As part of Paulâ€™s letter to Titus and in his admonitions concerning â€œthings that become sound doctrineâ€ he gave advice and godly instruction on how all Christians are to act and as to the character they should exhibit. In chapter two and verses seven and eight is this statement: â€œâ€¦in all things showing yourself to be a pattern of good works; in doctrine showing integrity, reverence, incorruptibility, sound speech that cannot be condemned, that one who is an opponent may be ashamed, having nothing evil to say of you.â€ (Titus 2: 7, 8)
Over the last few months, we posted ten essays here covering the nine detailed conversions listed in the New Testament. The purpose of this exercise was to note what elements were common to all examples and what elements were not, so that those who seek Christ might have some way to know how they must “get into” Christ. I thought that we would leave the “staying in” Christ part rightfully to each.
We used McGarvey’s rule that the closer our own conversion comes to matching the elements found in each one of these examples, the better for us. And oppositely, the farther away or the more of these common elements in all nine examples that were lacking from our own conversion, then so much the worse.
This is an encapsulation of what was uncovered.
In every case, all participants had to come into contact with the rightly divided word of God — they had to listen to what was taught. To note that the teaching had to come from God’s Word and be accurate should be understood. It has to be accurate, so not just any teacher will do.
Each of the nine persons or groups then had to hear the spoken word. Today we can hear the spoken word or read the written version, but either way, the first step is still that we must listen to the Word of God.
In each of the nine cases a response was required and supplied. The multitudes on Pentecost believed what was said, as did the jailer and the apostle Paul. Each of the learners in every case immediately built up faith in that they accepted what they heard as it was the truth.
Each had to repent of the past activities and actions where those were not in accordance with God’s plan. In every one of the nine examples there is evidence of repentance, although in some it is not explicitly stated. So it is that to this point we must hear, believe, and repent if we are to follow after these given examples and trust in God.
The last common element is immersion. In every case immersion is mentioned and that activity is undertaken by the convert. It seems that effusion or sprinkling is never mentioned and that rejecting immersion was also not acceptable. We also showed how the scriptures clearly prove that it is immersion in water that was and is required to be a Christian and not baptism of the Holy Spirit, which only a specified and select group had participated in. All of the mentioned persons in the nine listed conversions had to be baptized in water in obedience, to be counted “of or in Christ”- “Christ like.”
Therefore, as we noted when we moved through these examples, there are four common elements to every detailed example of conversion in the New Testament: hear, believe, repent and be baptized.
There is another element that should be considered and applied as well. That is confession that Jesus is the Christ, the Son of the living God and the Messiah Immanuel. Although not mentioned in many of these examples, it also is implied. Elsewhere Christ plainly said, “He who confesses my name before men, him will I confess before My Father which is in heaven.” I would like to have that confession made on my behalf. How about you? And confession really means so much more than only saying the words – doesn’t it? But let’s move on.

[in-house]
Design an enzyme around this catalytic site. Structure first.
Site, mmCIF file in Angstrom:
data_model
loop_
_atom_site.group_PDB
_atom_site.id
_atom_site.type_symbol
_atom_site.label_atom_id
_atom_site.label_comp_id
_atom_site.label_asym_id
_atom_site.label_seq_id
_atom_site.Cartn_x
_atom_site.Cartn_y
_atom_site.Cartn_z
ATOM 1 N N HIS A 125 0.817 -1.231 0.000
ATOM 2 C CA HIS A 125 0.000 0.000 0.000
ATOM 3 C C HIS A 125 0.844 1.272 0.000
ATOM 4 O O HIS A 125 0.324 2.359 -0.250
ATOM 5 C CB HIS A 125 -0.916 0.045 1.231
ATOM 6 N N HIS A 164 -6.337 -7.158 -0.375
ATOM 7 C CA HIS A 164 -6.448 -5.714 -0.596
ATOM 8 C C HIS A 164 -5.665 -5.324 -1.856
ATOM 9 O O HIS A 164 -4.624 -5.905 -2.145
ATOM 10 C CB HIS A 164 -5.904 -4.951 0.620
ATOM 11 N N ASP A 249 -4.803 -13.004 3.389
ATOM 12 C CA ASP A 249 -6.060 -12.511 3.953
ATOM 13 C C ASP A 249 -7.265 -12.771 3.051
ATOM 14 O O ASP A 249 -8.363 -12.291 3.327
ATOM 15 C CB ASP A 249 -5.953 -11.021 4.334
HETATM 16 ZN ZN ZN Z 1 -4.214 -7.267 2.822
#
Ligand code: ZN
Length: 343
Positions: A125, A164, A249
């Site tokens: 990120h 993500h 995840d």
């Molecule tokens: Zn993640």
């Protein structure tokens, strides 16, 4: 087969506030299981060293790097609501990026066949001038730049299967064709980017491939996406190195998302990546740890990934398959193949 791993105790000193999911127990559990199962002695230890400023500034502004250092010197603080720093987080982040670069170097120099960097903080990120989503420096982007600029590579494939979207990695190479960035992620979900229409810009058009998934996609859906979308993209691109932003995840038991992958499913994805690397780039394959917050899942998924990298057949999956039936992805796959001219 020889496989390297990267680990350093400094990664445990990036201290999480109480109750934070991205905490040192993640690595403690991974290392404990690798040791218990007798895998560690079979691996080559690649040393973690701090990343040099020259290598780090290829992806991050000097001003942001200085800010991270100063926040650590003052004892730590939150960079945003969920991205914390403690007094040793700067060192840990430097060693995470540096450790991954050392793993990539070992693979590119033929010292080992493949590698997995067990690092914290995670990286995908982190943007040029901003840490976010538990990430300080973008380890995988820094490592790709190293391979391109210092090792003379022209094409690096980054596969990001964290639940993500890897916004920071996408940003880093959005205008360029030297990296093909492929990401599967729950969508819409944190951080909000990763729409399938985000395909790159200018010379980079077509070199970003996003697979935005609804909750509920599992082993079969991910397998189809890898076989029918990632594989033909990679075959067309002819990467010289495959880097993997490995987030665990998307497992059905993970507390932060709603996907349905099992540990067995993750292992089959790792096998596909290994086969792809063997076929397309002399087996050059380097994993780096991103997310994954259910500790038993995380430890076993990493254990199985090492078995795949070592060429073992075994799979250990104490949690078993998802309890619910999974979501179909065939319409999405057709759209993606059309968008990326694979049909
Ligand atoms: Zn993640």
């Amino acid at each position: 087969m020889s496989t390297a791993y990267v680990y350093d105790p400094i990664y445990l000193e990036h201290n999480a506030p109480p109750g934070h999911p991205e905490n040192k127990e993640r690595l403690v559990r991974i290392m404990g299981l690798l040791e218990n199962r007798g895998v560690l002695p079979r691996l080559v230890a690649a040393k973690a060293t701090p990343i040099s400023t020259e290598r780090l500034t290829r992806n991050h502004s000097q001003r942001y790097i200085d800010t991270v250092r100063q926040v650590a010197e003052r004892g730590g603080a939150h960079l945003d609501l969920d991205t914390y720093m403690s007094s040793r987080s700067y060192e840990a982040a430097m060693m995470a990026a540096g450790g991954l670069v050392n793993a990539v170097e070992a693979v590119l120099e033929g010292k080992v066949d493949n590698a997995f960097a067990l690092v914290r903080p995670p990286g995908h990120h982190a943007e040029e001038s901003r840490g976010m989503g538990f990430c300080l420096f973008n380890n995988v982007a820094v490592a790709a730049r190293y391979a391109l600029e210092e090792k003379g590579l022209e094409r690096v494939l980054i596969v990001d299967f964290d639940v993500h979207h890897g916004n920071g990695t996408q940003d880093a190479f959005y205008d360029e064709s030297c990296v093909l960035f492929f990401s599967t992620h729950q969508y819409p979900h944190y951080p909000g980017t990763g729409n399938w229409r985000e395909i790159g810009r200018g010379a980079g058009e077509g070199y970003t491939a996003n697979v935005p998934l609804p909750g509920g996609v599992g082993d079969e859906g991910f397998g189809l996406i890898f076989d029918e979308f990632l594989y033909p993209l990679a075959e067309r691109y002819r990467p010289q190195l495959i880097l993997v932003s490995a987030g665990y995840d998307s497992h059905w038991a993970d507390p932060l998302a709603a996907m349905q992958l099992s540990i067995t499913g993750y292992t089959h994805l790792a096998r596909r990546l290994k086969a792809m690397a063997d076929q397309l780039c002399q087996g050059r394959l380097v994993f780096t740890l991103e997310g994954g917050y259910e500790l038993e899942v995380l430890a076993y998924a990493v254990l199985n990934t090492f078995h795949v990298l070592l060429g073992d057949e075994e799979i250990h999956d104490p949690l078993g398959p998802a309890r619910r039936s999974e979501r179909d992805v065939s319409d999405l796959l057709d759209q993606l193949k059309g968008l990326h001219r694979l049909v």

With the various elements and events mentioned in these nine detailed conversions, most of the others then are the details of incident, or details specific to a chosen person or group. For instance, I was not a chosen apostle and do not come under the events that they came under. I am not the apostle Paul and there is no reason for me to believe that I should have an appearance of Christ to move my conversion along. I am not the first gentile convert, so I was not baptized with the Holy Spirit. I was not moved by angels, and I was not spoken to by the Spirit. The scriptures never tell us that such events will take place in our lives. Quite the contrary, they tell us that these things ended with the establishment of the church and with the death of the apostles. But neither then were all the participants in these nine conversions given such signs and wonders to behold. Most never saw or knew anything of the Holy Spirit (the eunuch is one, the jailer another). Most did not have a vision, or ever spoke to an angel as Cornelius had. Some never had any contact with anyone other than with the preacher (Lydia or the jailer come to mind). Therefore, all of these various elements are non-essentials, while only the four remain essential to getting into Christ.
“How shall we escape if we neglect so great a salvation, which at the first began to be spoken by the Lord, and was confirmed to us by those who heard Him?”
As we have had the Word confirmed by example and witness (the apostles and disciples) why would we not want to comply? Four elements are needed to become a Christian: hear and listen, believe and act, repent and be baptized. When we add the confession we then only have a handful of essential requirements to fulfill. As we have noted here before, we would be well served to spend our time doing the identified and essential things to become Christians, and then better off to leave all the non-essential things for others to worry about.